From Figure 1, it can be concluded that the technical efficiency decreased in both cases over the period 2002–2011. In the whole study period, the technical efficiency in the condition of WSK was higher than the technical efficiency in the condition of WOSK for the DSE market. These findings were supportive to the findings of Hasan et al. [46], where they also found that the technical efficiency rate is gradually decreasing over the period 2000–2008 in the stock market of Bangladesh. Islam and Gomes [47] argued that a combination of factors like insufficient financial information, thin and discontinuous trading, trust on price momentum, and manipulation by the market makers create the conditions that lead to the decreasing trend of efficiency in the emerging stock market. Uddin and Nabiul Khoda [28] concluded in their study that the reasons of the declining trend of efficiency in the DSE market are also the poor institutional infrastructure, weak regulatory framework, lack of supervision, poor corporate governance, slow development of the market infrastructure, and lack of transparency of market transactions.

3.5. Group-Wise Technical Efficiency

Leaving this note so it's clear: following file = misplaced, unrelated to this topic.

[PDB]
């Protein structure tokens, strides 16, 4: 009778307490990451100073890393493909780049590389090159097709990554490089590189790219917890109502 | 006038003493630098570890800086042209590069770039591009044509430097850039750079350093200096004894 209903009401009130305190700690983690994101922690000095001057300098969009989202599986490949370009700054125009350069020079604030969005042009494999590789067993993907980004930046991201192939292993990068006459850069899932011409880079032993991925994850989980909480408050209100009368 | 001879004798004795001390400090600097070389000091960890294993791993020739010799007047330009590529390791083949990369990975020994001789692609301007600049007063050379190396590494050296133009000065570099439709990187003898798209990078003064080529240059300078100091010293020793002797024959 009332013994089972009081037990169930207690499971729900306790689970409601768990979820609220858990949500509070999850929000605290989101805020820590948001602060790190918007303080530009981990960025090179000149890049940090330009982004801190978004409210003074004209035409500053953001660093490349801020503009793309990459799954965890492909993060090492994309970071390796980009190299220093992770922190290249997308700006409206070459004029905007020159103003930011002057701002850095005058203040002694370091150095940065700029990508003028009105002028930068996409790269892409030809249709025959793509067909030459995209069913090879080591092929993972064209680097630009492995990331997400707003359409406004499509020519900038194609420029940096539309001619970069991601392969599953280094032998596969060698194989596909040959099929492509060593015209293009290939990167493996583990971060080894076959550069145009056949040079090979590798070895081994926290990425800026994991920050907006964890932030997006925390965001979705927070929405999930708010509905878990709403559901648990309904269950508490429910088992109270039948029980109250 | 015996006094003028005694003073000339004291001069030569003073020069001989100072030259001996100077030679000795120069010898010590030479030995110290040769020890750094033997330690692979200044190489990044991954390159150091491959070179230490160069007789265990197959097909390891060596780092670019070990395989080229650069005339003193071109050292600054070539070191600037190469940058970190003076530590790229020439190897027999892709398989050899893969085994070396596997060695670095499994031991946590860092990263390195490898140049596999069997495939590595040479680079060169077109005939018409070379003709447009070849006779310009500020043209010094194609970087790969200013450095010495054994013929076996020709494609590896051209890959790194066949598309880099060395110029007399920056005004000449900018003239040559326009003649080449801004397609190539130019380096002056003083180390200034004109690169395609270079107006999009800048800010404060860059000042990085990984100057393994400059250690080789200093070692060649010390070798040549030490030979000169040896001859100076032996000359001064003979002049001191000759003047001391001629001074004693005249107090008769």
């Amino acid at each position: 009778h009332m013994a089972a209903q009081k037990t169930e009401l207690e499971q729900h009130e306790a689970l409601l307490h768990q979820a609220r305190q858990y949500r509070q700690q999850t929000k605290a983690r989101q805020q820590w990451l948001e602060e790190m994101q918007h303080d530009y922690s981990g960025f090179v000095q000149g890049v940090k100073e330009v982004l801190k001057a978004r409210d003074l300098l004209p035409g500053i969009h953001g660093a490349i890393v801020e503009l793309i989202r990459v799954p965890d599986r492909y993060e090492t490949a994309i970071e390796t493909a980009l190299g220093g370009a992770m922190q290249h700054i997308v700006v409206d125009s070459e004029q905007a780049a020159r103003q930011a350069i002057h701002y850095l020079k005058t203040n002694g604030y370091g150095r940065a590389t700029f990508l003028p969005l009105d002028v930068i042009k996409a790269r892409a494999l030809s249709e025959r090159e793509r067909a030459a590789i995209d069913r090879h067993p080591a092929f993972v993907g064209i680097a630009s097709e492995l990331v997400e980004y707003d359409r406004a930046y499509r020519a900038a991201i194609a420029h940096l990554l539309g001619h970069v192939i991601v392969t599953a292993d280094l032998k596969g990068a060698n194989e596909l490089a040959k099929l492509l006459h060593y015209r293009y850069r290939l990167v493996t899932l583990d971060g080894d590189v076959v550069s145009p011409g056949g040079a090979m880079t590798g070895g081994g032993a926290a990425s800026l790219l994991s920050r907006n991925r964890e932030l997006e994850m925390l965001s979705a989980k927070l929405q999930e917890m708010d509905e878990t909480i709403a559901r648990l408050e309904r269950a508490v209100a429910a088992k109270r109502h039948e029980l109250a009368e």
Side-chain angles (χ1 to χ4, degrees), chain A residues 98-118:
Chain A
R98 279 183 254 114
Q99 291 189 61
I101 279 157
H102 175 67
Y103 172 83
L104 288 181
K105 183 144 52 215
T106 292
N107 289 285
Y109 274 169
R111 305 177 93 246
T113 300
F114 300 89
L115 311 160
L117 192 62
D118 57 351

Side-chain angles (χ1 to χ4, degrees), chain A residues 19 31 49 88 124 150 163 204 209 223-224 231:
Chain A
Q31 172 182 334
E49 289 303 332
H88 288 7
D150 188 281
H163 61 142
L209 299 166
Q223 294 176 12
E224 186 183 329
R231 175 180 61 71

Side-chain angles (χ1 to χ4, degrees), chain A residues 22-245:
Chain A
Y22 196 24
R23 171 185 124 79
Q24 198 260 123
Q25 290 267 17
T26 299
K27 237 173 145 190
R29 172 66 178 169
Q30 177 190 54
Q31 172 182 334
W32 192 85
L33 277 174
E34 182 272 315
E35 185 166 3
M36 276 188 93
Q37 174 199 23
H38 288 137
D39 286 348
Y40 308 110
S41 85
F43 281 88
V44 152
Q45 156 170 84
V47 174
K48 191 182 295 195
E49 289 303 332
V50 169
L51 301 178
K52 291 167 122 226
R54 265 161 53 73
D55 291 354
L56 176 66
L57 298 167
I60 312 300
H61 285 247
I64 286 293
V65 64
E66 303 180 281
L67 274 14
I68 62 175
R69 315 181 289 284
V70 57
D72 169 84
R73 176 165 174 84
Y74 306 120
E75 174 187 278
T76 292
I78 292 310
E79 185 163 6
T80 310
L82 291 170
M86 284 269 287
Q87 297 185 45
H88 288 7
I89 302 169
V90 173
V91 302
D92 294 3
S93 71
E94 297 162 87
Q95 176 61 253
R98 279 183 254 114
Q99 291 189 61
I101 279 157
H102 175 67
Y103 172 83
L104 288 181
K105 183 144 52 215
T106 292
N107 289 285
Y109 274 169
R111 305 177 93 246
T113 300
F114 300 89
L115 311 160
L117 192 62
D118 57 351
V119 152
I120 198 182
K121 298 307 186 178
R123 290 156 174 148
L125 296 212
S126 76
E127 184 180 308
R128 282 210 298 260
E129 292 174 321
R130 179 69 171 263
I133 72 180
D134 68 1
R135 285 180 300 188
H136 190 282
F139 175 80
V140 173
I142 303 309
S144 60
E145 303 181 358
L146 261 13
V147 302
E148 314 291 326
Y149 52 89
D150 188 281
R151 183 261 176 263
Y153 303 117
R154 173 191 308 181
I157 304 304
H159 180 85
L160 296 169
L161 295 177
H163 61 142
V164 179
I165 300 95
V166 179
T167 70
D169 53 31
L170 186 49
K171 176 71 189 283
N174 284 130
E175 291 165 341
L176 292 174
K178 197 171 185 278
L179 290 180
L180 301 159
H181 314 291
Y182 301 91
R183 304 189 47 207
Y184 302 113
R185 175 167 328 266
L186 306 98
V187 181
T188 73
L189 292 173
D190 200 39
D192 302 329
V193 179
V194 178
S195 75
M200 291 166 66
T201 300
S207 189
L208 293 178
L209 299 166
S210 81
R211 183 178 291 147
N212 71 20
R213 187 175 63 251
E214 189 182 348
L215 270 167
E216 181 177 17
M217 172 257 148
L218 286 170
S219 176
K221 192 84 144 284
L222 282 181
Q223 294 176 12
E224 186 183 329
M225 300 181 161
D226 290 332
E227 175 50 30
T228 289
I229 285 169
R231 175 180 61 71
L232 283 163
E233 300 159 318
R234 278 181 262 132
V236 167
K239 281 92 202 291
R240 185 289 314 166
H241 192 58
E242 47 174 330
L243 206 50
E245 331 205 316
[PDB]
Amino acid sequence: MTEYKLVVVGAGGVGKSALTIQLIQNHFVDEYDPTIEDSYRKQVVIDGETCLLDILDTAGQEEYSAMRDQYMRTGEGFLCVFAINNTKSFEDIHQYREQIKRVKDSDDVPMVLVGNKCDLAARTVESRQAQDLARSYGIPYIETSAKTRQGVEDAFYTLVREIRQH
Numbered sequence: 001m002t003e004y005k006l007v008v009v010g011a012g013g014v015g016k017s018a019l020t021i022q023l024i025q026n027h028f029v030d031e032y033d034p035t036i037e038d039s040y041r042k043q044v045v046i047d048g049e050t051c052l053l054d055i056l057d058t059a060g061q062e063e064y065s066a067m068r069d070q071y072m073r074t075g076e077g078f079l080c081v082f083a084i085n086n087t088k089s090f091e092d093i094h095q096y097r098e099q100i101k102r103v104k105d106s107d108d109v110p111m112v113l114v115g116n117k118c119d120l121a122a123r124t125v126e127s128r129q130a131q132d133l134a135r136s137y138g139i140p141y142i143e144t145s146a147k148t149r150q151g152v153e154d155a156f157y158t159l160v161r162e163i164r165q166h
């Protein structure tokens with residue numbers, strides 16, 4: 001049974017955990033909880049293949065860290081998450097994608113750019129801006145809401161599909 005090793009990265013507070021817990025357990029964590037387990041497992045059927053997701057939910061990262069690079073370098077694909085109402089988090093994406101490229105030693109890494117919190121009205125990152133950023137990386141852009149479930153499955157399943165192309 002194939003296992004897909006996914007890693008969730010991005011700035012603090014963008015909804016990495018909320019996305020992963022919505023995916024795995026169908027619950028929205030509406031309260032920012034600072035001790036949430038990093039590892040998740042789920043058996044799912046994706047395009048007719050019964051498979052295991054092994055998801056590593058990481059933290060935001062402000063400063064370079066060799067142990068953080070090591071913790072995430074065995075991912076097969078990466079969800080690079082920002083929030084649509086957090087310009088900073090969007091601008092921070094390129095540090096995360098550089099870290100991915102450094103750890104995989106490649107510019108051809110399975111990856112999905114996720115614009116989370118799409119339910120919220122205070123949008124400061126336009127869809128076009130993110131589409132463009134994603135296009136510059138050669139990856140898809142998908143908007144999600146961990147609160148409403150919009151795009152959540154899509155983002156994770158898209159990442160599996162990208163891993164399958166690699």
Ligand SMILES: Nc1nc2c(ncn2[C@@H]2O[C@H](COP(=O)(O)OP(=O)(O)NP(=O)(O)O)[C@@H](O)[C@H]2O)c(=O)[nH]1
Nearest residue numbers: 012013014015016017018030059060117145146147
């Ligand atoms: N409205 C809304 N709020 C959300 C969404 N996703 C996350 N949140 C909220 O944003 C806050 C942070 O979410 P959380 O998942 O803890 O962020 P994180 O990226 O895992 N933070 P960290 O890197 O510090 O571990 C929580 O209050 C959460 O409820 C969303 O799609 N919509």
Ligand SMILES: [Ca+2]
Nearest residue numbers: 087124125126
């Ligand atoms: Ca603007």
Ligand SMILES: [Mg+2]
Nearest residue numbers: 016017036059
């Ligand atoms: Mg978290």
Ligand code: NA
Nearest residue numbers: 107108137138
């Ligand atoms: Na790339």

Group-wise technical efficiency of both cases was shown in Table 4 and Figure 2. The technical efficiency varied among different groups of DSE market. For the case WOSK, the technical efficiency ranged from a minimum of 0.8807 for Cement-group to a maximum of 0.9998 for Ceramic-group. Similarly, for the case of WSK, it ranged from a minimum of 0.9048 for Cement-group to a maximum of 0.9999 for Ceramic-group. Based on these results, it was concluded that the value of technical efficiency was high for Ceramic-group and low for Cement group, in comparison to other groups in DSE market. It was further observed that the technical efficiencies of all the studied groups were greater in the case of WSK than the case of WOSK.

tab4
Table 4: Group-wise mean efficiency without (with) considering co-skewness and co-kurtosis.
253527.fig.002
Figure 2: Group-wise mean efficiency by considering (without considering) co-skewness and co-kurtosis.
3.6. Results from Hypothesis Test

Formal tests of various hypotheses were carried out using the Likelihood Ratio (L-R) statistics and the results were presented in Table 5. The first null hypothesis, , specifies that there are no technical inefficiency effects in the model. Having rejected the hypothesis, it was concluded that there were technical inefficiency effects in the model. This implies that the technical inefficiency effects associated with the companies of Bangladesh stock market were significant.